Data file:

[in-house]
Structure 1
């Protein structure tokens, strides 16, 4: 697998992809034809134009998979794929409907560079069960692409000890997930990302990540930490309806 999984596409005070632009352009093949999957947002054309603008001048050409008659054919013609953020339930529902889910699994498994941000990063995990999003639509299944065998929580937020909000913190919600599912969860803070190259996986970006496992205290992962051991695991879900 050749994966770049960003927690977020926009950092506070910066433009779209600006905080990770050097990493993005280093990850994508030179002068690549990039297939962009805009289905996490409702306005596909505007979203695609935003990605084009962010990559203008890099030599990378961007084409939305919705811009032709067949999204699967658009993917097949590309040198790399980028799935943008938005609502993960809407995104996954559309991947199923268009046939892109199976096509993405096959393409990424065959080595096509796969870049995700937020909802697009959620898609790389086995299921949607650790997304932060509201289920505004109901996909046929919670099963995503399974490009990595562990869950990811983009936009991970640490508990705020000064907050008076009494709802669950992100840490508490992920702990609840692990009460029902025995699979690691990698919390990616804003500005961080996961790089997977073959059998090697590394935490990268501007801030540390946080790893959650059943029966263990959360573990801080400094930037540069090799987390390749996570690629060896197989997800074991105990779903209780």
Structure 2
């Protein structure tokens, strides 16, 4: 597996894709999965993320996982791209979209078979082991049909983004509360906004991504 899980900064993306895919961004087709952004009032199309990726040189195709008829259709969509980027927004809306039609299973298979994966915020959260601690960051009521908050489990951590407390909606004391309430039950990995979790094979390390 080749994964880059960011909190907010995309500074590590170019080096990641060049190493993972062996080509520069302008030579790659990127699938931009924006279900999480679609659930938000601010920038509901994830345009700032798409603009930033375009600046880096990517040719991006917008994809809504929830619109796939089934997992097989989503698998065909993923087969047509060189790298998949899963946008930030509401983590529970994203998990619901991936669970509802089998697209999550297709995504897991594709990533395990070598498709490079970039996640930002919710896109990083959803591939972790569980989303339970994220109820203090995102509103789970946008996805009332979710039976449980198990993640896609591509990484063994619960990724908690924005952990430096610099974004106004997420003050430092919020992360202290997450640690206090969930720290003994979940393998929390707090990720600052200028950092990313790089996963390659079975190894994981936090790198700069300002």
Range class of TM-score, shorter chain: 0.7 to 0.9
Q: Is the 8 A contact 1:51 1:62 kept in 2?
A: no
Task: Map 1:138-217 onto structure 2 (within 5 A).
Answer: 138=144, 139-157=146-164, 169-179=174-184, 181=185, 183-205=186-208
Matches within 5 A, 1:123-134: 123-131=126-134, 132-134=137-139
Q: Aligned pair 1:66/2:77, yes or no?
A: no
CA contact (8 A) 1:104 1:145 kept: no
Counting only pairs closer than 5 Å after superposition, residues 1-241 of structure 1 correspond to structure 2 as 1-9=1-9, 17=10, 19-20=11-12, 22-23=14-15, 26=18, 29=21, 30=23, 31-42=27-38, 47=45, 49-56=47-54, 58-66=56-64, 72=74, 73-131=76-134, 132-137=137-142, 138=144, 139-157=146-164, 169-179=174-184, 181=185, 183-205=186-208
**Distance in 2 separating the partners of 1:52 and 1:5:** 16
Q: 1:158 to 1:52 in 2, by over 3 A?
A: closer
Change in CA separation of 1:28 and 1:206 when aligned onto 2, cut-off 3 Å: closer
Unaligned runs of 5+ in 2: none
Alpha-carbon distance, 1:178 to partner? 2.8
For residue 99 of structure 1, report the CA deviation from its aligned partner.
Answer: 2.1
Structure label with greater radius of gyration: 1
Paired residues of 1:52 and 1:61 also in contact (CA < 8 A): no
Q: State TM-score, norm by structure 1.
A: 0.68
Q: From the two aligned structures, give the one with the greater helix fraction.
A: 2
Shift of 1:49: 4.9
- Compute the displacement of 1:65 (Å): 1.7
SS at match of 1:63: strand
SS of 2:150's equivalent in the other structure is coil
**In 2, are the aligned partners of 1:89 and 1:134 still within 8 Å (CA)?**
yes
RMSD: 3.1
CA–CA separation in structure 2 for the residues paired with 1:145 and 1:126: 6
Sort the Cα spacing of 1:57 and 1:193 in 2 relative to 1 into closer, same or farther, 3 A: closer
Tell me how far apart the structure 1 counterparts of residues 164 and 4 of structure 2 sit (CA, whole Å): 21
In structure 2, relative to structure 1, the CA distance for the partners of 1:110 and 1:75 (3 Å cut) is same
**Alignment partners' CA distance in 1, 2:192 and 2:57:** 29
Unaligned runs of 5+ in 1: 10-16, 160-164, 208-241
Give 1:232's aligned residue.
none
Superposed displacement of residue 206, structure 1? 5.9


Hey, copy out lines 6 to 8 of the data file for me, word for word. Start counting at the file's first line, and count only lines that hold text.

Range class of TM-score, shorter chain: 0.7 to 0.9
Q: Is the 8 A contact 1:51 1:62 kept in 2?
A: no